"We checked, and discovered the umpire was wrong," Fletcher said, adding: "Graeme knew the declaration was coming roughly when it did." However, Fletcher also confirmed that Atherton had not relayed a message to Hick confirming that he intended to declare at the end of Fleming's over.
In the context of the game, Atherton was absolutely right in not worrying whether Hick was on 98, 99, or 100 before declaring. Hick, after all, had made only 36 runs in the hour and 20 minutes preceding the declaration (10 of them in two consecutive blows off Craig McDermott), but it was still one of England's better efforts to end a day which began with so much promise in an atmosphere of personal ill-feeling and nagging doubts about their ability to go on and win.
Atherton's major concern, particularly as the sun had finally emerged to suck out enough moisture from the pitch to provide the best batting conditions of the match, was in leaving himself enough time to bowl out the opposition. However, Taylor and Slater batted as though 449 to win (43 runs more than has ever been scored to win a Test match batting last) in four and a bit sessions was the sort of target they could knock off with their eyes closed.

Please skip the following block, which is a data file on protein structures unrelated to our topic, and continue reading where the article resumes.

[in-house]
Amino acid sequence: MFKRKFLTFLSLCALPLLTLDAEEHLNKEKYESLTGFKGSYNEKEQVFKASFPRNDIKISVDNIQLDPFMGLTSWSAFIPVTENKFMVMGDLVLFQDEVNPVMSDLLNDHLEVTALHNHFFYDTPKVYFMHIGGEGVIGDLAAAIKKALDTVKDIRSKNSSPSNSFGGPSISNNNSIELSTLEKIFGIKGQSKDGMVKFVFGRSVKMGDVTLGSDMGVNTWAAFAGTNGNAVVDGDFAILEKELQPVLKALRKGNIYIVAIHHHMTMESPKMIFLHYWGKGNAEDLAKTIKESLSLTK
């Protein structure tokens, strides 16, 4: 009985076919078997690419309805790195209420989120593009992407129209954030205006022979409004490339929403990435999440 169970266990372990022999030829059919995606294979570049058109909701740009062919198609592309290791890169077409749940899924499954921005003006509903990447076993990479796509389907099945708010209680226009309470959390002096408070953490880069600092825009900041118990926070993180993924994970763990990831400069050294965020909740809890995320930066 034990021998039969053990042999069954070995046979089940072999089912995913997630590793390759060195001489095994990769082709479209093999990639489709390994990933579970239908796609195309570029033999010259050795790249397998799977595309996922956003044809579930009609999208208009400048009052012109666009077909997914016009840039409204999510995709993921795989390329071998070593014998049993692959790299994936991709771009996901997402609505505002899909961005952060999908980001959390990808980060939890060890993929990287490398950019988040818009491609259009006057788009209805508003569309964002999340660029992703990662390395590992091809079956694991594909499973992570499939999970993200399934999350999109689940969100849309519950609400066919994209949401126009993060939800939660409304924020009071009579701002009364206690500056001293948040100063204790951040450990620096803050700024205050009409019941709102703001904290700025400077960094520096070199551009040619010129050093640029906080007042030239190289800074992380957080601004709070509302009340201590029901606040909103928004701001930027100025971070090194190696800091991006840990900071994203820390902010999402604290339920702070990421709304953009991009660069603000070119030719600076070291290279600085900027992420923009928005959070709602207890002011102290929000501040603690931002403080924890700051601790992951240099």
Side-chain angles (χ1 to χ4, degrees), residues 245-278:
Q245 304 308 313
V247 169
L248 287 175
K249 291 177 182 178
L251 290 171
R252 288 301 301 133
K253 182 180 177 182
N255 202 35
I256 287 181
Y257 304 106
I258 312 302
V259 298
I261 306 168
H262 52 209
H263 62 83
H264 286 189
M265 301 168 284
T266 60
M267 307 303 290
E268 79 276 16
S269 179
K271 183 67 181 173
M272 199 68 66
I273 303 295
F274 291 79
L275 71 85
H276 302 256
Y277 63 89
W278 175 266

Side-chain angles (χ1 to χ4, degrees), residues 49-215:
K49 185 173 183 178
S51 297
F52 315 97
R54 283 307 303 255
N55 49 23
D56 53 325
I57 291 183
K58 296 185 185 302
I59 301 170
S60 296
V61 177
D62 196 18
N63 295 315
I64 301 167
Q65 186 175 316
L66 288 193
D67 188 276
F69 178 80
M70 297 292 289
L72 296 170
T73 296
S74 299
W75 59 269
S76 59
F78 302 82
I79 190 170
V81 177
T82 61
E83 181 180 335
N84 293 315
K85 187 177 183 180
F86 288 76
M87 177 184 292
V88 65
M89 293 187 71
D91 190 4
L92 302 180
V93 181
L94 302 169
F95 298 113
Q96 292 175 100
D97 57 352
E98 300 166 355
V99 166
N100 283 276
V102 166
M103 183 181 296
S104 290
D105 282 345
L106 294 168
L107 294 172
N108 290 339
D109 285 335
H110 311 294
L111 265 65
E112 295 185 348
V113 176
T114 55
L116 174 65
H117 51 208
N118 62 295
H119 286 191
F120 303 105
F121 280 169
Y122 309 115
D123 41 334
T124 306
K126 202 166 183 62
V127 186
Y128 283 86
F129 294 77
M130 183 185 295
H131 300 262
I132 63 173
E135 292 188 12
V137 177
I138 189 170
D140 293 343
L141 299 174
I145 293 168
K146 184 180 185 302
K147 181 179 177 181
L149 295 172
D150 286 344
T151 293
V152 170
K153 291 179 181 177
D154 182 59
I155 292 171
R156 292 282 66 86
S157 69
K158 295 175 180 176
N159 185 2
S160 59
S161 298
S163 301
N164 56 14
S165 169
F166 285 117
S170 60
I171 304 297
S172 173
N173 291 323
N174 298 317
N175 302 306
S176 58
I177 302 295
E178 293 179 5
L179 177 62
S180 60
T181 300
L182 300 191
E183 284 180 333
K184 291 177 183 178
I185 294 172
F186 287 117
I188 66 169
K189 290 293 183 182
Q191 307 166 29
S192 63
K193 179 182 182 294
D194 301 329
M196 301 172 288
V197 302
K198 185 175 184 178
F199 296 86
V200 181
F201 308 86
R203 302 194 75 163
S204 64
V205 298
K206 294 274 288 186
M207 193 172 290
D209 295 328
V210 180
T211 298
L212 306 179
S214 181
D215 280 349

After seven overs against Malcolm and Gough, Taylor had made 27 in a total of 38 for 0, and by the time he had made 27 in the first innings, Australia were rather less handily placed at 65 for eight. The Australian openers launched into anything loose, but it was the way they stole singles from the more elderly and unathletic fielders (and let's face it, they were spoilt for choice) that really began to gnaw away at England's self-belief.